First impression on unpacking the Q702 test unit was the solid feel and clean, minimalist styling.
The 3kg, LCD-based Canon LV-X5 is slightly larger than the most compact portables we have reviewed but it provides a slew of connectivity options, including two connections for linking to different computers and a third connection for hooking up an external monitor. In addition, it has two sets of inputs for connecting two audio sources.
- Wide array of connectivity options, easy set up
- Average image quality, Not bright enough, Awkward calibration options, Speakers are sub-par.
The Canon LV-X5's average performance and features don't stack up well against lower-priced competitors that provide better image quality.
Price$ 2,860.00 (AUD)
Unfortunately, in our performance tests at its default settings, the LV-X5 turned in lackluster scores. Its overall rating was about average, but at the low end of the models we have tested. Though its brightness (rated at 1500 lumens) is sufficient for small-group presentations, we were less impressed with this projector's plain white screen than with competing (and often brighter) models. The LV-X5 also struggled with our grayscale gradient tests and had difficulty displaying some of the lightest and darkest shades. Text screens were legible, but not as crisp as we'd have expected.
A large zoom lever and a smooth focus ring, along with simple controls on the top panel, permit easy setup. The on-screen menu was reasonably easy to use, but it overlapped the image so we couldn't see the effects of various adjustments. Canon offers five factory presets for selecting optimized images (standard, presentation, cinema, video, and sRGB), plus a sixth mode that's user adjustable. Though we used the default (standard mode) for our formal tests, switching to other picture modes helped improve various images in our informal tests.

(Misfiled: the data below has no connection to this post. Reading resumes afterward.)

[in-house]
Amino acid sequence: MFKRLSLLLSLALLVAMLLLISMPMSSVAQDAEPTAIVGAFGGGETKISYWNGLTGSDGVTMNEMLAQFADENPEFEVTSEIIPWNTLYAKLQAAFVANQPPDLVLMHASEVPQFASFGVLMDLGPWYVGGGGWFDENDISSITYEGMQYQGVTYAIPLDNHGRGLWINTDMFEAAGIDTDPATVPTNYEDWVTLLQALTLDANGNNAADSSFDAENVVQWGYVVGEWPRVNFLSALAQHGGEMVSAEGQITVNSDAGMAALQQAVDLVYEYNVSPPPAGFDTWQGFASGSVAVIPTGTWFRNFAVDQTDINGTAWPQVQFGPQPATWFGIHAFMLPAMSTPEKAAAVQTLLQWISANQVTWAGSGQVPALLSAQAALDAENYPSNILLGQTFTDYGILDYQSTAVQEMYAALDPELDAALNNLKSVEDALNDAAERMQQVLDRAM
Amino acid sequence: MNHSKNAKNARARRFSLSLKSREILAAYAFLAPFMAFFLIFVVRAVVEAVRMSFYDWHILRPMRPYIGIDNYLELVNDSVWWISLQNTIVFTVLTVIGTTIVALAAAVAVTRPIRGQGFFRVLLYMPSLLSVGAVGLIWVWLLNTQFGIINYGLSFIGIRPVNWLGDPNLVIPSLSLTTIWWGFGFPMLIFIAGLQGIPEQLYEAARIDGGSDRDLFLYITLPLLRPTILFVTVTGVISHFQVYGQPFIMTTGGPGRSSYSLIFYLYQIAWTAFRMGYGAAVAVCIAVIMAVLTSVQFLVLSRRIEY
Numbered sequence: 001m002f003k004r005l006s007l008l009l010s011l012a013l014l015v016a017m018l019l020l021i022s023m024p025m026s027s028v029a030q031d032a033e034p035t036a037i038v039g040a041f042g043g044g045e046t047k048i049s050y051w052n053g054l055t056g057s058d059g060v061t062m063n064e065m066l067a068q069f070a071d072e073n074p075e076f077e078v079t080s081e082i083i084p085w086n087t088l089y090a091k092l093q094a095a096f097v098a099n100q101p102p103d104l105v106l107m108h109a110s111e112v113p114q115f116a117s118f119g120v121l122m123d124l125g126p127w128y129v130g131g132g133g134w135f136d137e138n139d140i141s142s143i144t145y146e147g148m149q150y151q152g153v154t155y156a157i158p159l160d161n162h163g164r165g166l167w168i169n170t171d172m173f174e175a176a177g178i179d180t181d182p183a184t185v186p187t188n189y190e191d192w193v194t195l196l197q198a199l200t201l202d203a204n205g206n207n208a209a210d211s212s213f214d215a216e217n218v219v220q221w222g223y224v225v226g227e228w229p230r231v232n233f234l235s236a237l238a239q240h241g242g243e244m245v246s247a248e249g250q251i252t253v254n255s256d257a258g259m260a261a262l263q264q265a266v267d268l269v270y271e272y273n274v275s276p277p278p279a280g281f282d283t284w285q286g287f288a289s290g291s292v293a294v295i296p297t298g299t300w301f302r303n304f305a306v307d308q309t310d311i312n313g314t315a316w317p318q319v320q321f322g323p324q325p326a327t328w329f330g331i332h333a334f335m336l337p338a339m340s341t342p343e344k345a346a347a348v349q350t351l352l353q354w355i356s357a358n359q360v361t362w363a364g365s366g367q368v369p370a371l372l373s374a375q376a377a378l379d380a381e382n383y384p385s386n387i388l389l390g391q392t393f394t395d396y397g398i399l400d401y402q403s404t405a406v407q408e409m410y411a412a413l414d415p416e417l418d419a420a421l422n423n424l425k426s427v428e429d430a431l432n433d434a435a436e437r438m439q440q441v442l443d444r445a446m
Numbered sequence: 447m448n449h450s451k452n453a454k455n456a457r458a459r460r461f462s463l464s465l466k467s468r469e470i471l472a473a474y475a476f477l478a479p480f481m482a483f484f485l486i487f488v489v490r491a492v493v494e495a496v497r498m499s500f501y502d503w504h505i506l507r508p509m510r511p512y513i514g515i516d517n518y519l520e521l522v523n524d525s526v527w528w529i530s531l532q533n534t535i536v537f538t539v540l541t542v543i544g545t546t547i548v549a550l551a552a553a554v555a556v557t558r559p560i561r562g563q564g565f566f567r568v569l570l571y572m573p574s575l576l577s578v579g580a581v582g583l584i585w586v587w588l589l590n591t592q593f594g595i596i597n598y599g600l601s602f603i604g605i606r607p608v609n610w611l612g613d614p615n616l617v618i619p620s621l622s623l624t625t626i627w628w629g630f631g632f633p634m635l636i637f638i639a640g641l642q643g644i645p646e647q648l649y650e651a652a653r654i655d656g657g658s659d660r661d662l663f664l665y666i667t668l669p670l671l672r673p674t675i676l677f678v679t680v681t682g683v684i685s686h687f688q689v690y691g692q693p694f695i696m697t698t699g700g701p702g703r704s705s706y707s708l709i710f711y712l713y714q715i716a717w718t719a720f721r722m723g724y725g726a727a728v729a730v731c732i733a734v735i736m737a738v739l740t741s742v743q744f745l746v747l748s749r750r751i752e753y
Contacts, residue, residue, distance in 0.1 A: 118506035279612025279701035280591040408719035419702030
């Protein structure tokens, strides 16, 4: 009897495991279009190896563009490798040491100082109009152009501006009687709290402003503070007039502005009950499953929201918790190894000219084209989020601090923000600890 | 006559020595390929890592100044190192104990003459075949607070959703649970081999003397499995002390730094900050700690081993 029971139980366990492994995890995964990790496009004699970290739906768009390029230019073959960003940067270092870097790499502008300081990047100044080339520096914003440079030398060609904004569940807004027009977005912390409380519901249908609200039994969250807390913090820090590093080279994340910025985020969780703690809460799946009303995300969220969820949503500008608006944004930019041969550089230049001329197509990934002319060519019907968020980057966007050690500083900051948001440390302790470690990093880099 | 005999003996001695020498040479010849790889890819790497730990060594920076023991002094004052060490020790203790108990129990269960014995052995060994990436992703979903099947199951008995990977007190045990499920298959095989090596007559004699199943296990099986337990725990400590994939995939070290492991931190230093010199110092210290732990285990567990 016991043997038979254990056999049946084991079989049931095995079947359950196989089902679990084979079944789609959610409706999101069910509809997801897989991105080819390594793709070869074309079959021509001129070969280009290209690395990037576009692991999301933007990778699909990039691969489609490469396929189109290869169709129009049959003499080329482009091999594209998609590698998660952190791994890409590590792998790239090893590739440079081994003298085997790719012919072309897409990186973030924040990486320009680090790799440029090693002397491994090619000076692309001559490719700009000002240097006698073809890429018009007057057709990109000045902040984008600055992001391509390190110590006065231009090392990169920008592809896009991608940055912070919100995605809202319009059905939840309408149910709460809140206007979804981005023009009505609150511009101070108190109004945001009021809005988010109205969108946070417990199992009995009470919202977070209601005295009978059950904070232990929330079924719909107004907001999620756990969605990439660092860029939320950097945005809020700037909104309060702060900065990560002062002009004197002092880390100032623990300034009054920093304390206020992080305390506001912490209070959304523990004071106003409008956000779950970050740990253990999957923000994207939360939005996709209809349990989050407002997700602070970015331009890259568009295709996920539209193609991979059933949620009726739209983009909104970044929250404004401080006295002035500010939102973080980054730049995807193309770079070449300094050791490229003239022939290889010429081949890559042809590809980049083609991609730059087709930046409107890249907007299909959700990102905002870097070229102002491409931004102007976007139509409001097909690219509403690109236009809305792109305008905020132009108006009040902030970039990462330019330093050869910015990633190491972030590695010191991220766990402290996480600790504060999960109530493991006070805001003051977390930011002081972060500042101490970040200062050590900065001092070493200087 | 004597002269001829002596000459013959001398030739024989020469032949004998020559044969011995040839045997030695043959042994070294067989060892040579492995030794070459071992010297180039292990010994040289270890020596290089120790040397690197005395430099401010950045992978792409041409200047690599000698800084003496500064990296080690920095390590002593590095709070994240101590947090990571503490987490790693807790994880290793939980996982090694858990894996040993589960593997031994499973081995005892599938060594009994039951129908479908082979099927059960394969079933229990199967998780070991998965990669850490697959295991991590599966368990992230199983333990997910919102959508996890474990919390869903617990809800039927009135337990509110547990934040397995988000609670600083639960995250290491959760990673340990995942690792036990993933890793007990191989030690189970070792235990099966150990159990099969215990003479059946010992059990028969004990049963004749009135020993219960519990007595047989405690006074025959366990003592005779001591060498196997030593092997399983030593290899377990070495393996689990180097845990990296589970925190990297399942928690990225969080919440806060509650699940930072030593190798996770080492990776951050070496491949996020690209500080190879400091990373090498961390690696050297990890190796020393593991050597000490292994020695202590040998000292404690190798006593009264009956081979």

The LV-X5's remote has several buttons - for page up and page down, and for mouse clicking - that don't work with this projector, though they do function with other Canon projectors. Besides lacking mouse control, the LV-X5 has no pointer and no one-touch button for changing the picture mode. Another gripe: The built-in (1-watt) speaker was less powerful than we had expected.
Only a computer (VGA) cable is included in the box, so you'll need to obtain additional cables to connect the LV-X5 to other video and audio equipment.
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GGG Evaluation Team
For work use, Microsoft Word and Excel programs pre-installed on the device are adequate for preparing short documents.
The Fujitsu LifeBook UH574 allowed for great mobility without being obnoxiously heavy or clunky. Its twelve hours of battery life did not disappoint.
The screen was particularly good. It is bright and visible from most angles, however heat is an issue, particularly around the Windows button on the front, and on the back where the battery housing is located.
My first impression after unboxing the Q702 is that it is a nice looking unit. Styling is somewhat minimalist but very effective. The tablet part, once detached, has a nice weight, and no buttons or switches are located in awkward or intrusive positions.
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